Write Your Cover Letter Like This and They Will Read It

Ask any number of recruiters and hiring managers what percentage of resumes are bad and just listen to their responses. I once spoke at a local Leadership Event for young professionals and the emcee said “99.5% of all resumes are bad; and the “point 5” is generous”! So just imagine what the cover letters look like.

Do you know what percentage of cover letter are actually read?

I have a theory, no proof, no stats and no numbers but, I believe that your cover letter will be read if your resume is attractive. Think about it for a moment, if you have an attractive resume that clearly demonstrates that you take your career seriously and have invested in your credentials, a recruiter/hiring manager is more likely to be curious about the cover letter and the LinkedIn profile too. It’s a complete and total resume branding package.

Here are a few tips that I use with my resume clients. When creating your cover letter don’t simply rehash the information on your resume. Break your cover letter into 3 paragraphs.

  • Why are you interested in this position? Try to give the reader some quick information about you, why you are interested in the job, why you are interested in the company and how you can make an immediate impact. Here’s an example, “I have over 5 years of experience in Supply Chain Logistics with an industry leader and I am currently looking for opportunities to contribute and develop with a great company, like yours.” (something like that)

  • Also use the cover letter to explain any gaps in employment or if you are changing careers (transitioning) the cover letter is a great way to tell your story – why you are changing careers? What has brought you to this new direction?

  • What or why do you enjoy this career? It’s okay to say you like your job or you enjoy doing what you do. This second paragraph is where you get a little personal but not too much. Companies want to hire happy and engaged workers. Companies understand that people quit their jobs because of co-workers or the boss, not the job itself. So, if you like your job but just need a new change of pace, it’s okay to say that and it’s useful information!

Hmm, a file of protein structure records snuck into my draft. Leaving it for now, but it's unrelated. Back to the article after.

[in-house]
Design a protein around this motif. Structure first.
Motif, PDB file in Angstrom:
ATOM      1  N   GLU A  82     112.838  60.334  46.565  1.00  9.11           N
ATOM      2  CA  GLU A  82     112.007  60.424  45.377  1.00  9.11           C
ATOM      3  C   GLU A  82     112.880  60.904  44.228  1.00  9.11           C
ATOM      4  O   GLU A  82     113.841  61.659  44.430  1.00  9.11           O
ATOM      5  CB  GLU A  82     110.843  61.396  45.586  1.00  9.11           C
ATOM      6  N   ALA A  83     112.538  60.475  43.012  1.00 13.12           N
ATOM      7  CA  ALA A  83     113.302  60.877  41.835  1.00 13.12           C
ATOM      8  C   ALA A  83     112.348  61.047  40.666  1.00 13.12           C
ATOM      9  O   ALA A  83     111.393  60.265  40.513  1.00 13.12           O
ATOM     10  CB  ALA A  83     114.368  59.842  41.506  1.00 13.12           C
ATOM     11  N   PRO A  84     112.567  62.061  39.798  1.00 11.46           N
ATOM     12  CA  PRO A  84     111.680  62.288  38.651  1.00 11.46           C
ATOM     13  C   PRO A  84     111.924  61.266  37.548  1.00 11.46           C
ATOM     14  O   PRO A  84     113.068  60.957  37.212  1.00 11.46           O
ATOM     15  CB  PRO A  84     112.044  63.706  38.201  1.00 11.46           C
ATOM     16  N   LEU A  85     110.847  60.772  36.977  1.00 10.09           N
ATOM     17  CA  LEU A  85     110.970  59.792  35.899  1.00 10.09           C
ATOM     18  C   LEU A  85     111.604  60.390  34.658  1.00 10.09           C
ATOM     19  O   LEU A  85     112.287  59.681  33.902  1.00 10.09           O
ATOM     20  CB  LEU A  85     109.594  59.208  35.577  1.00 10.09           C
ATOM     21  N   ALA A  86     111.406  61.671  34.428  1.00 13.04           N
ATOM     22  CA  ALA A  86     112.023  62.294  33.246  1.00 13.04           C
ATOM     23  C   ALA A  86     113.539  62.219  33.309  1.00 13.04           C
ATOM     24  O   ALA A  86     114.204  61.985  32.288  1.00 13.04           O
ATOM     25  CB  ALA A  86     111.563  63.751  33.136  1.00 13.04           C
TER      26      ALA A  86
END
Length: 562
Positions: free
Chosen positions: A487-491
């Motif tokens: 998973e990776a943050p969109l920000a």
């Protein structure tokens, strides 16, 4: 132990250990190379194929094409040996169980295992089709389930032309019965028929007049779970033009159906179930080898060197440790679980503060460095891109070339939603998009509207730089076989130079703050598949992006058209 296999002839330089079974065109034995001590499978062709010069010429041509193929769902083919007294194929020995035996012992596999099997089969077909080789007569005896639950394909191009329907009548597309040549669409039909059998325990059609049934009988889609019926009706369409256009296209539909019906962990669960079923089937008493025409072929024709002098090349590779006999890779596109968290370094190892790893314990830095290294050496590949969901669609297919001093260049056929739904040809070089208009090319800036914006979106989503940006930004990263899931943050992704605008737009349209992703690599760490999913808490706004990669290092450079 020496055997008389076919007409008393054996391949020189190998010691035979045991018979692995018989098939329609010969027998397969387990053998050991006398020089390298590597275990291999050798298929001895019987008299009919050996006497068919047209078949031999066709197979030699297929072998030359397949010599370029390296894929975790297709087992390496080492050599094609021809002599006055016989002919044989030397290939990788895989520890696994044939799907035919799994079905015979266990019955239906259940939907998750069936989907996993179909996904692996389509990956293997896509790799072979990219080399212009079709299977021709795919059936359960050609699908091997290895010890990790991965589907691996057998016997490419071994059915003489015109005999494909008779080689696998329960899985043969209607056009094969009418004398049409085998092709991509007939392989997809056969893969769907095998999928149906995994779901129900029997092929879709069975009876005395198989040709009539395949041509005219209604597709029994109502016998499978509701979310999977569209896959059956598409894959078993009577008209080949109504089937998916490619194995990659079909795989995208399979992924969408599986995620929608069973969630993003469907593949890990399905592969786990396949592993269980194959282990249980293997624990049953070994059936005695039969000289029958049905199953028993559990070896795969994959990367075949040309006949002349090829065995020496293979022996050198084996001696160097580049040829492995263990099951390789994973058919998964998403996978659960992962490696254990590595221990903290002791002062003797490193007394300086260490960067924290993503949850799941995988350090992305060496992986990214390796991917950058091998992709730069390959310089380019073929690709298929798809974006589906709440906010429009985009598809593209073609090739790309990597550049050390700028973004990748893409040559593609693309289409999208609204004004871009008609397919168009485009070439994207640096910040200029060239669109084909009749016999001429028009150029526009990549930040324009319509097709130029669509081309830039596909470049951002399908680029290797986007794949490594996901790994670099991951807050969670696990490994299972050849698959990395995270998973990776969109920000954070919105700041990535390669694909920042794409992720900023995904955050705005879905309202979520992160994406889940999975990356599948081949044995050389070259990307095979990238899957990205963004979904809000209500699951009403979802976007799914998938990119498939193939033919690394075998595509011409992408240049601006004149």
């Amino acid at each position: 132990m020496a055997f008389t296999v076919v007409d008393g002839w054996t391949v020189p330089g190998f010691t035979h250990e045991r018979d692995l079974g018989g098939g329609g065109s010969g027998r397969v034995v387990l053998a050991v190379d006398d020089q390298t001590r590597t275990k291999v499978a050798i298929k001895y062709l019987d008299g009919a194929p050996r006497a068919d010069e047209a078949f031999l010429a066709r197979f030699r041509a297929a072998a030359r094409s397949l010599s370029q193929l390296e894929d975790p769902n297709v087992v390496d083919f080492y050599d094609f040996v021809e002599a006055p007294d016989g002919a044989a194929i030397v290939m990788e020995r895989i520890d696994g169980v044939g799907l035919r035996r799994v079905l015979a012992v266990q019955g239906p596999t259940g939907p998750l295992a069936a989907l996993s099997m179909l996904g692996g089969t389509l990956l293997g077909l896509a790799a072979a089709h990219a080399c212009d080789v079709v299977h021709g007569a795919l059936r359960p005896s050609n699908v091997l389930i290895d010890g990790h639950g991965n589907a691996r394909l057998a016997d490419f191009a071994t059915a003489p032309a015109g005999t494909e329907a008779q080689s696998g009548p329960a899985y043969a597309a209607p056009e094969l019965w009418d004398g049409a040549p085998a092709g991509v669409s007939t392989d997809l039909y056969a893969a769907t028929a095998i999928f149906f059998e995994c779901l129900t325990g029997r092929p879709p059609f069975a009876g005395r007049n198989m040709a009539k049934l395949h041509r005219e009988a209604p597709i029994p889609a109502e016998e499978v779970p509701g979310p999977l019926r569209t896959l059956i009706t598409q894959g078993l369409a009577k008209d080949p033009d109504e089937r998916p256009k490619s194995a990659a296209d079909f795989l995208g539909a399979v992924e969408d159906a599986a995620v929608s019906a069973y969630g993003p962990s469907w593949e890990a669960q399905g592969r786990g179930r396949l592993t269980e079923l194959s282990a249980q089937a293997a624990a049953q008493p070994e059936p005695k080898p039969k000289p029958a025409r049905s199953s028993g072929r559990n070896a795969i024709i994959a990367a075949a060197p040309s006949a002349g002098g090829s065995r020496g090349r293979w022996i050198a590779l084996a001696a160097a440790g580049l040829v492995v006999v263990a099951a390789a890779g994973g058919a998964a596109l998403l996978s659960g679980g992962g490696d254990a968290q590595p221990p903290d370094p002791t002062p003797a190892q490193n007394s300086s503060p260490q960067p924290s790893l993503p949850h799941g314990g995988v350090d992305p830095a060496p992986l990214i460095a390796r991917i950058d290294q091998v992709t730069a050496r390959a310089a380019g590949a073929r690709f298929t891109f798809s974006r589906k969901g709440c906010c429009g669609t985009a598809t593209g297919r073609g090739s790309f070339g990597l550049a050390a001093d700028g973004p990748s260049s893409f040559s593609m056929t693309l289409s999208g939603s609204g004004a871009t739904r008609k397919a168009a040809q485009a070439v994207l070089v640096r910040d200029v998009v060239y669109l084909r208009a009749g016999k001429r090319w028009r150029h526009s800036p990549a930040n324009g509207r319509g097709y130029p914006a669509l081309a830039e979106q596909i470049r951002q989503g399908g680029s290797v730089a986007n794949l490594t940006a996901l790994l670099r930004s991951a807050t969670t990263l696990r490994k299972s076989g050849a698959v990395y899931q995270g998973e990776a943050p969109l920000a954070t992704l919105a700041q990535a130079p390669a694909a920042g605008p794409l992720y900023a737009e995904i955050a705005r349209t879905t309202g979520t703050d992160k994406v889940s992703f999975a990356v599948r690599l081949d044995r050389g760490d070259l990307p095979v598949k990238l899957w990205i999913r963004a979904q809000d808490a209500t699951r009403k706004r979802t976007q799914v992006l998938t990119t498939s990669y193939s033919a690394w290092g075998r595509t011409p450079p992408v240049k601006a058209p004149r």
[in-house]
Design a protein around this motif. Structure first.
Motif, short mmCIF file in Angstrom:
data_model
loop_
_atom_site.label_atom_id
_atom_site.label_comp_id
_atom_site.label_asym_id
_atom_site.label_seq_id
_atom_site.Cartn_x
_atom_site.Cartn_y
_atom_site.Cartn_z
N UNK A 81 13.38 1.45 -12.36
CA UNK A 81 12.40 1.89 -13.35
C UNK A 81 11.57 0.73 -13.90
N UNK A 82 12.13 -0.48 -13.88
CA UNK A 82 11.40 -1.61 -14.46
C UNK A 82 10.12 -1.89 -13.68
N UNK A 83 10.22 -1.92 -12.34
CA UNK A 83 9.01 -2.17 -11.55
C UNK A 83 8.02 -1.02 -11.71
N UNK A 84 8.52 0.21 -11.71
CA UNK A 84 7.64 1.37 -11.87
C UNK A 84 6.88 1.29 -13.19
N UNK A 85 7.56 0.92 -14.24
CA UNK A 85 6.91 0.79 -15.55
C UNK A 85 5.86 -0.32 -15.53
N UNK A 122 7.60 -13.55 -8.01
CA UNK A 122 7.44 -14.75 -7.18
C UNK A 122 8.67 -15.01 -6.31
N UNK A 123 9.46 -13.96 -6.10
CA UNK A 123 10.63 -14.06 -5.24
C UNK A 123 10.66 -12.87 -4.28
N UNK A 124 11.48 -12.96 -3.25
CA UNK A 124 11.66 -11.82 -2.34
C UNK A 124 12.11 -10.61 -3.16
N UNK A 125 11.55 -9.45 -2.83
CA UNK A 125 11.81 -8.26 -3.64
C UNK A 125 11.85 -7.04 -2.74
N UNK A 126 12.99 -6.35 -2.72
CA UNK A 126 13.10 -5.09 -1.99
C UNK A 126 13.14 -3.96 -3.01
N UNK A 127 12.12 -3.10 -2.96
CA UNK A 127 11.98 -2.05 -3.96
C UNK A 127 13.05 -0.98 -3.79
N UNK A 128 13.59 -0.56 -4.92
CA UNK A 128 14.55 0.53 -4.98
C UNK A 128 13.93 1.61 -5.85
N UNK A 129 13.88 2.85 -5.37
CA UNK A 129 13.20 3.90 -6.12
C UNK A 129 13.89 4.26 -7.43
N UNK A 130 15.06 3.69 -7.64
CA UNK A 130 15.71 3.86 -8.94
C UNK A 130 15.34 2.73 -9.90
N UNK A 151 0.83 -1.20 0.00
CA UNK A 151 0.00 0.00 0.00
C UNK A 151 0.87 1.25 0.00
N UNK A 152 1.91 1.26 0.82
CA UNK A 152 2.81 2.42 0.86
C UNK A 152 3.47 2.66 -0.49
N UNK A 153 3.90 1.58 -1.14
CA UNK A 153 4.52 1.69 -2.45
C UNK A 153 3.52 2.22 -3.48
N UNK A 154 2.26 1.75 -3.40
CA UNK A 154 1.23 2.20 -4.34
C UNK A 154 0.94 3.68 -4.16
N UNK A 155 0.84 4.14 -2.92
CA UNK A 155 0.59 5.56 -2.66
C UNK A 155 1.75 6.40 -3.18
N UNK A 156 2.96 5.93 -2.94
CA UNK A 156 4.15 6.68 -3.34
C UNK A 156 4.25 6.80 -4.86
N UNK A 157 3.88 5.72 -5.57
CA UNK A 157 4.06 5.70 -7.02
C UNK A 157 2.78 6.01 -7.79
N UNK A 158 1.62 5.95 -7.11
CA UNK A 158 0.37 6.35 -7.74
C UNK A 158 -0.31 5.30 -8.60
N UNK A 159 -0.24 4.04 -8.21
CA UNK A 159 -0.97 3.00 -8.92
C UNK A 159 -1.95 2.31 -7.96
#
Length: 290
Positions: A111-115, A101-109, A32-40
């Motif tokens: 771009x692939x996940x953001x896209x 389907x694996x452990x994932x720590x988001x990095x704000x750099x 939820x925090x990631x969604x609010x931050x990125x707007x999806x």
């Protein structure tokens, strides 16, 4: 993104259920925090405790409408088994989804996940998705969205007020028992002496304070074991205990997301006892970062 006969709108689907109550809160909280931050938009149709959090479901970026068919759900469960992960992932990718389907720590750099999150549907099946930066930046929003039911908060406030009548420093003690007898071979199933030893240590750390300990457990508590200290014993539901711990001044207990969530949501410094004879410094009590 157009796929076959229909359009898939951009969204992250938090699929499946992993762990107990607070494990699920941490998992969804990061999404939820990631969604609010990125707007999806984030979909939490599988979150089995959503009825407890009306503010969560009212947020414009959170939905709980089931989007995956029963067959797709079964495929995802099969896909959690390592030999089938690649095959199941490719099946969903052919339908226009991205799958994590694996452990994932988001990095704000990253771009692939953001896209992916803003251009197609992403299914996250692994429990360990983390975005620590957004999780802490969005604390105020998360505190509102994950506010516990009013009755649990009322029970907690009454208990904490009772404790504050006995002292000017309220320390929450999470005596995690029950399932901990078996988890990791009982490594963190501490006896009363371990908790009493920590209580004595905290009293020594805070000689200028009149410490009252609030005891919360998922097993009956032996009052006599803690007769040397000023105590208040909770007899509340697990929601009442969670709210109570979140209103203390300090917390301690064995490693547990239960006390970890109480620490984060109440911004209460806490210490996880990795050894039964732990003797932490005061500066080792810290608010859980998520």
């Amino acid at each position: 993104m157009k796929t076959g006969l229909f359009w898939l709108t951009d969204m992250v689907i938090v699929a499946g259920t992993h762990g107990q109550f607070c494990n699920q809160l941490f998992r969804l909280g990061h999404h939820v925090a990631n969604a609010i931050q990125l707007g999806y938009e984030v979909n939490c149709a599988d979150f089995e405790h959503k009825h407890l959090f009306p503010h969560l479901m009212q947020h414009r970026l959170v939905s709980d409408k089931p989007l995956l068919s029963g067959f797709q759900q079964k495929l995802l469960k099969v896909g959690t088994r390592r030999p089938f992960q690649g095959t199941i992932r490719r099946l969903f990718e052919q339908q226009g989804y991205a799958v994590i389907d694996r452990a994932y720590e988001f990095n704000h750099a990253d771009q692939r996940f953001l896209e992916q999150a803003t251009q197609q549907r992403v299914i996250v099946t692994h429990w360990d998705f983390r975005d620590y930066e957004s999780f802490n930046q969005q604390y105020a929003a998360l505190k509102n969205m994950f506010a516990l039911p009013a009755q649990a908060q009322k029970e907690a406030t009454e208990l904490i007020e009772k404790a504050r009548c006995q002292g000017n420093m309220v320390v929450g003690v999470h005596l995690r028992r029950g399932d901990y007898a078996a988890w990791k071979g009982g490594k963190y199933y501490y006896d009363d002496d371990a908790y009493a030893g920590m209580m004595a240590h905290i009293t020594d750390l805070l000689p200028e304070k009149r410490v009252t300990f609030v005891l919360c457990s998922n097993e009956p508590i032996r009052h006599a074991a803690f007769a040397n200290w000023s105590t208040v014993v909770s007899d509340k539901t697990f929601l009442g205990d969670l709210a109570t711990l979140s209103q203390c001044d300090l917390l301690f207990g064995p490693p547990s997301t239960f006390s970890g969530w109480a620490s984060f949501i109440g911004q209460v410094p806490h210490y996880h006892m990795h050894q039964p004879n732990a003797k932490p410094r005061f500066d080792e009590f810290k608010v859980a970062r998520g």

• Don’t beg. Hey look, we all have responsibilities in life. We all need jobs but when asked about your qualifications you should never mention your bills or personal family situation because you don’t want to come across as someone who is trying to manipulate the reader.

  • The last paragraph should be short and sweet – basically wrapping up the cover letter.  In this paragraph there should something letting the reader know your excitement for the opportunity interview and speak with them. You can even add a line about your references, yeah, that’s right, your references. Something like this, “One of my former managers, Clyde Drexler, has said he enjoyed working with me while at EMC Corporate and it was a pleasure to watch me develop into a great talent and leader. He is just one of my professional references.”

What if there is no story to tell?

What if you’ve done the same thing for 15 years and you just want to keep working? Well, get creative and explain what you like or love about your career. Write about the job itself and your qualifications but then impress the reader with a little bit of flattery, for instance, “After reading several other job ads and researching your company, I felt EMC was the best for my future career goals.”

You can be even more specific, “I really like the current employee testimonies on your career page.” Or “EMC has an excellent reputation in the community and I would love to be a part of your team.”

Ultimately, you have to be comfortable and clear about your career goals and value. Once you know what you bring to the table you will be able to create a cover letter that will be read.

Chris Fields is a frequent contributor to CareerCloud and runs ResumeCrusade. Hit him up if you need a resume.

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